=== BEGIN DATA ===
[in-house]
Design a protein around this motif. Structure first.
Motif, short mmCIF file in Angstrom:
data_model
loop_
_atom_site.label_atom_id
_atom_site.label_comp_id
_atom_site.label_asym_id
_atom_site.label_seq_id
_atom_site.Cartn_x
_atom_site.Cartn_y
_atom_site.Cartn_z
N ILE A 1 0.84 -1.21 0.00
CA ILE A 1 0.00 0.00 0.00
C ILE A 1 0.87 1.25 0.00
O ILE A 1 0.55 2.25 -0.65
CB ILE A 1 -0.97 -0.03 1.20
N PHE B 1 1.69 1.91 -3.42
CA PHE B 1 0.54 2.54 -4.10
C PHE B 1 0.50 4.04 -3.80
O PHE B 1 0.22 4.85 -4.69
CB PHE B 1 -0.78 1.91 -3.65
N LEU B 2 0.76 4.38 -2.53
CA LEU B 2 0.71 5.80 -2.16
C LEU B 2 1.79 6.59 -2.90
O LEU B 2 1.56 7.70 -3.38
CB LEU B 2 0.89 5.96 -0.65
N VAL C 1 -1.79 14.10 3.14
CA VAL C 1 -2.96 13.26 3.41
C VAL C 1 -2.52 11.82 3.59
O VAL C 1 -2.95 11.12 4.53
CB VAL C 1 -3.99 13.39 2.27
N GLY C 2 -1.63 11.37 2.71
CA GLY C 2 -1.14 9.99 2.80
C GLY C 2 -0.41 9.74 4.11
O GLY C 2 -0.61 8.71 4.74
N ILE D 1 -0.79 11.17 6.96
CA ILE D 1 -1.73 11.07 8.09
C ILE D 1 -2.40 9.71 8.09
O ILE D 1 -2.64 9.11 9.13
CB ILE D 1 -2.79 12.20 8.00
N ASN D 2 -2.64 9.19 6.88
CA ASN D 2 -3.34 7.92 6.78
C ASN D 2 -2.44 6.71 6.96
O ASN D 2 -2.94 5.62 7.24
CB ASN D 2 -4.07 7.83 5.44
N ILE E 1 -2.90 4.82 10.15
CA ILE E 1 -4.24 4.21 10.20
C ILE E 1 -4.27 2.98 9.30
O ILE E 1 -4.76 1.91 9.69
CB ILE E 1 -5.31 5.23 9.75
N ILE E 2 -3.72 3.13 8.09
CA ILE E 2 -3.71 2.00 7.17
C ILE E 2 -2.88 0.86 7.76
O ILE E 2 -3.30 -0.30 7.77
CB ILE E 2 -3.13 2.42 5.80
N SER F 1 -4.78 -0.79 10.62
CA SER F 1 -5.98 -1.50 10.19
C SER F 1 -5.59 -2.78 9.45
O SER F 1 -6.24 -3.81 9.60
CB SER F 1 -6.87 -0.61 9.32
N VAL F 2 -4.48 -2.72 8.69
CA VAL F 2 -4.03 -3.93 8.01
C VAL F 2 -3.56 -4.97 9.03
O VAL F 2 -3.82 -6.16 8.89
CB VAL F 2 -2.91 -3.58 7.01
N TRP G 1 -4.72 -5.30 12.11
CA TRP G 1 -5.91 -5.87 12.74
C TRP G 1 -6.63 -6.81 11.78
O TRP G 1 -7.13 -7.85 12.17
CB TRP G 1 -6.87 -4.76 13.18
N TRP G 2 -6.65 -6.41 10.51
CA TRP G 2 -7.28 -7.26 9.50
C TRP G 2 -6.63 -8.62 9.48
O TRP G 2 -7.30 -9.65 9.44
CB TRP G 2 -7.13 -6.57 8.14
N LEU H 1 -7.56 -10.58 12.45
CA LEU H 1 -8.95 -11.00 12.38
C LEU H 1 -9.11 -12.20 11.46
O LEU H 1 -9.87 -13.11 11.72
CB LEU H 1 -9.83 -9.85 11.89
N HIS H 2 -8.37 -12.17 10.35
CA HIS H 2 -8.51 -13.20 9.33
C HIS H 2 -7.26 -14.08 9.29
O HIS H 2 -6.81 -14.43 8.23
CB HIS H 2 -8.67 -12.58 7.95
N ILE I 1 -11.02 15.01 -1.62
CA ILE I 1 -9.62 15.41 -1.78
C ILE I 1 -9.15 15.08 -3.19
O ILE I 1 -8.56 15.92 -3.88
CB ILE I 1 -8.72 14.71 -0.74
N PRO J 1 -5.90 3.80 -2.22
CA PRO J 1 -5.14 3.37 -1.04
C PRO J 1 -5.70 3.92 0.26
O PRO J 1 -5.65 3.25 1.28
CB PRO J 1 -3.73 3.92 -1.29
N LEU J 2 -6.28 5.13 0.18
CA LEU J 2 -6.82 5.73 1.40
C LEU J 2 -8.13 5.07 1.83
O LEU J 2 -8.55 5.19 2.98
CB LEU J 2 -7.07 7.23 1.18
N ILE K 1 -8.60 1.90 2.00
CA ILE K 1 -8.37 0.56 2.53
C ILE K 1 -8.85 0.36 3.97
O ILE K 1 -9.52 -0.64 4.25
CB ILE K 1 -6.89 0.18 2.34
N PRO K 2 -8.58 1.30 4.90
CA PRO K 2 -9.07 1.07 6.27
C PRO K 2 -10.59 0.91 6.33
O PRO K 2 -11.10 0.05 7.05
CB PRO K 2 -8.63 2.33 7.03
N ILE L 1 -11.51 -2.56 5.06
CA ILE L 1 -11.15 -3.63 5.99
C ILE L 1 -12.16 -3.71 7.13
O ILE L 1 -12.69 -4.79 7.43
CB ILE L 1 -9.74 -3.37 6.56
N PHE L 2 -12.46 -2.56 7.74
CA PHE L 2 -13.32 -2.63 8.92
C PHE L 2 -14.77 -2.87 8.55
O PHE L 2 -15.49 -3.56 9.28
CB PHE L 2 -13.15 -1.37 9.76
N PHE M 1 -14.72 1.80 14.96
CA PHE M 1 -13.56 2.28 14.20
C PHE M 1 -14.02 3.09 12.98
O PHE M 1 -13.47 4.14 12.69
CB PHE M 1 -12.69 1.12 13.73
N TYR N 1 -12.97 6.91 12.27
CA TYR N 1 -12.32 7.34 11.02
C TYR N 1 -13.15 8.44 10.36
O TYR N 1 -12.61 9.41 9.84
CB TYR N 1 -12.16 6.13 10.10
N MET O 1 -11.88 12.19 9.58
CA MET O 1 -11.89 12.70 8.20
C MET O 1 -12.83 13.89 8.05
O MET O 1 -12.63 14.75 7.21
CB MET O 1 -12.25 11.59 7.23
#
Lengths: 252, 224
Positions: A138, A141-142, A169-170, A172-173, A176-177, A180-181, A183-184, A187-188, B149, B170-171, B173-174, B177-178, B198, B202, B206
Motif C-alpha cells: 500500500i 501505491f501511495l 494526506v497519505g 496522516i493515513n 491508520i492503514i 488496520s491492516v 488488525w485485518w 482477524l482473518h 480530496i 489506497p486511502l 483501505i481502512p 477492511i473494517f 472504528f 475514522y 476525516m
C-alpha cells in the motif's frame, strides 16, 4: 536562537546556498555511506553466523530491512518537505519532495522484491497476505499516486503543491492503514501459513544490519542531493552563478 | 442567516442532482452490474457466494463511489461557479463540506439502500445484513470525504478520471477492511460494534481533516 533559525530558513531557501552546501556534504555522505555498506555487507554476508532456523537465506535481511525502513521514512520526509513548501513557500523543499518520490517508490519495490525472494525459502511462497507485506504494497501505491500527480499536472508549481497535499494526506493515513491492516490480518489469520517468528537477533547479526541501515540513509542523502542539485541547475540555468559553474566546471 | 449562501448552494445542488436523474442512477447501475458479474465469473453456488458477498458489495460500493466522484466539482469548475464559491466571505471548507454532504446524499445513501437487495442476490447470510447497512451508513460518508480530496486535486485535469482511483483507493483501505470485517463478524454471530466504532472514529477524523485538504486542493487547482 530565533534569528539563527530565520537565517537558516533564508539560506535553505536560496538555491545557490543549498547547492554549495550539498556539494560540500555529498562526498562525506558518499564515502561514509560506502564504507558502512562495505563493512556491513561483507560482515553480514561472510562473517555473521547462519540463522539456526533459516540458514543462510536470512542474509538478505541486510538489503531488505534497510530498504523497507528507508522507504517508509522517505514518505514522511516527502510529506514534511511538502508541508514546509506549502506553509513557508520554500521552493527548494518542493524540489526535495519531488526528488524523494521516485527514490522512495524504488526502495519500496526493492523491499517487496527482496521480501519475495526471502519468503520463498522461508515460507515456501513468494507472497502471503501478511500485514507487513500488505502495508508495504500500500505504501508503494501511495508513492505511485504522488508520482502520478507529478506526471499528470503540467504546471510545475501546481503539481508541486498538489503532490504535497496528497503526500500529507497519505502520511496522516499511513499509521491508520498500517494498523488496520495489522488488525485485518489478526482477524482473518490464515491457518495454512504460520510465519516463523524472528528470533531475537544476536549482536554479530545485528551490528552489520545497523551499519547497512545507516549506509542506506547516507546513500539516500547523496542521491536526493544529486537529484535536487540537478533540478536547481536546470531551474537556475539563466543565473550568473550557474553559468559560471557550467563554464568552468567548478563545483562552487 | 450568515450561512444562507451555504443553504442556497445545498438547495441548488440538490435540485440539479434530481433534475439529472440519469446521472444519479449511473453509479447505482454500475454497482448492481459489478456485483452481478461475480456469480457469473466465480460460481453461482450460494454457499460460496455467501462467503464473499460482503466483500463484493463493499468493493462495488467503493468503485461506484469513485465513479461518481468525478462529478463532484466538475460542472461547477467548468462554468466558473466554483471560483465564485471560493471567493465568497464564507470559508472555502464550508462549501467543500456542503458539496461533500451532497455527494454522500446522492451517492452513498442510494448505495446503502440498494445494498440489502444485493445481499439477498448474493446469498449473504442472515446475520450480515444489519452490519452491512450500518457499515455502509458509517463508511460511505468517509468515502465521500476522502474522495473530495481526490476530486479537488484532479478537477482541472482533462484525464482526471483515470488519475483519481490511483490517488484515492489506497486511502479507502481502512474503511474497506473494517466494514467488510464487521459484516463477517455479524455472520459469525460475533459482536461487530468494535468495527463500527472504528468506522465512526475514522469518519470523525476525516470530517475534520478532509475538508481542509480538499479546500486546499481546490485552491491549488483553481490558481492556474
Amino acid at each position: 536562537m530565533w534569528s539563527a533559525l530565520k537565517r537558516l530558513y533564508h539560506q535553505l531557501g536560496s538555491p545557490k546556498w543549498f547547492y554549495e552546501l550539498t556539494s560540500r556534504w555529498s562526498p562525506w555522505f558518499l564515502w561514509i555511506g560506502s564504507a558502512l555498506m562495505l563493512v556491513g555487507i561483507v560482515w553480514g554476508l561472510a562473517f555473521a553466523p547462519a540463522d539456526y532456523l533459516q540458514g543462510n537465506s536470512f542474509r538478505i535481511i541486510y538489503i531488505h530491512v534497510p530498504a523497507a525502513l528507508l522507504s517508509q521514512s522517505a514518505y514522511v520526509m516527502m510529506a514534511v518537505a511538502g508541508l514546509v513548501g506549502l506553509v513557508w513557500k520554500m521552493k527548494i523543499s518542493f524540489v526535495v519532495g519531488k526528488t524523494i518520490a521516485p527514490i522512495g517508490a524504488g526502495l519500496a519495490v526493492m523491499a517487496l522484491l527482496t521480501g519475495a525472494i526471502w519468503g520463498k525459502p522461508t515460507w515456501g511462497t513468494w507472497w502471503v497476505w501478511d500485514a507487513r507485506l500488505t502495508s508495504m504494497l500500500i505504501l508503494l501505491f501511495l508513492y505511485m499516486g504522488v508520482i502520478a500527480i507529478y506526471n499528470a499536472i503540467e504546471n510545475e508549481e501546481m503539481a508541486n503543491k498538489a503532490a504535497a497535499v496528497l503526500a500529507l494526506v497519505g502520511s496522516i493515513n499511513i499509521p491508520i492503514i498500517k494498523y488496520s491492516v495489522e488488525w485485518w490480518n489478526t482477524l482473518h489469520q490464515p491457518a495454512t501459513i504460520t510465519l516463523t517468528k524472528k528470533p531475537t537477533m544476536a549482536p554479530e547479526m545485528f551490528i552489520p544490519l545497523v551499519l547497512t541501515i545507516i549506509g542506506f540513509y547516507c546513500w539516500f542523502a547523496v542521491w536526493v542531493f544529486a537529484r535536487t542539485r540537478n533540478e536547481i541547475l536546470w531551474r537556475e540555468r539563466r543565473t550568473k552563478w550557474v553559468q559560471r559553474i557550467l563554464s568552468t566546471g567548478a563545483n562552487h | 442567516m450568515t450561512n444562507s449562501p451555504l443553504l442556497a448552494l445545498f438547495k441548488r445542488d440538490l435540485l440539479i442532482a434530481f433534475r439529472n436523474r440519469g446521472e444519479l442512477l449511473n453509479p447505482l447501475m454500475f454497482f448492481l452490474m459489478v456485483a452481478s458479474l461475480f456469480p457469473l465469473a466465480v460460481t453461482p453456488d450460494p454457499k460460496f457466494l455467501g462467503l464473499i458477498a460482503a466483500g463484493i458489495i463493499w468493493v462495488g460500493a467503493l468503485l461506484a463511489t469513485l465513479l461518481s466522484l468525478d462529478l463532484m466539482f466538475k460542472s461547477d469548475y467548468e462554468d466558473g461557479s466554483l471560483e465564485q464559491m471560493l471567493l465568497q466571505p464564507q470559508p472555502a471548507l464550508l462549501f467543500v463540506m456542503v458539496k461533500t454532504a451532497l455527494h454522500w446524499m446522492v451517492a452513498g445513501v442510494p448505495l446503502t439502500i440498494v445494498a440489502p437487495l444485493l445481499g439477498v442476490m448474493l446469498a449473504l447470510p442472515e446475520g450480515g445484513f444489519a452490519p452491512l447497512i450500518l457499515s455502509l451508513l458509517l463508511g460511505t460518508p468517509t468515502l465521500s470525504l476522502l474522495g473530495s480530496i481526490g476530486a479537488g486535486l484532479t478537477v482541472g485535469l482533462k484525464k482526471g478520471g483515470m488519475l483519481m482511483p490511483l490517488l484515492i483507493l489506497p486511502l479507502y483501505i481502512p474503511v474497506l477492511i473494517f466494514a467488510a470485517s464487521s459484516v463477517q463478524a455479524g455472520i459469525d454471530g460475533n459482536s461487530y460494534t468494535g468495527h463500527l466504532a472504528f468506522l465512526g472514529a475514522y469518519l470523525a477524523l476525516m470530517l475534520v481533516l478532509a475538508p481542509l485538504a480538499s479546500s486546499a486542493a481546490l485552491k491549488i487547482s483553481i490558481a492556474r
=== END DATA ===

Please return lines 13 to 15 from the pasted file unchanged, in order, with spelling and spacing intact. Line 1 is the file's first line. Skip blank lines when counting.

N ILE A 1 0.84 -1.21 0.00
CA ILE A 1 0.00 0.00 0.00
C ILE A 1 0.87 1.25 0.00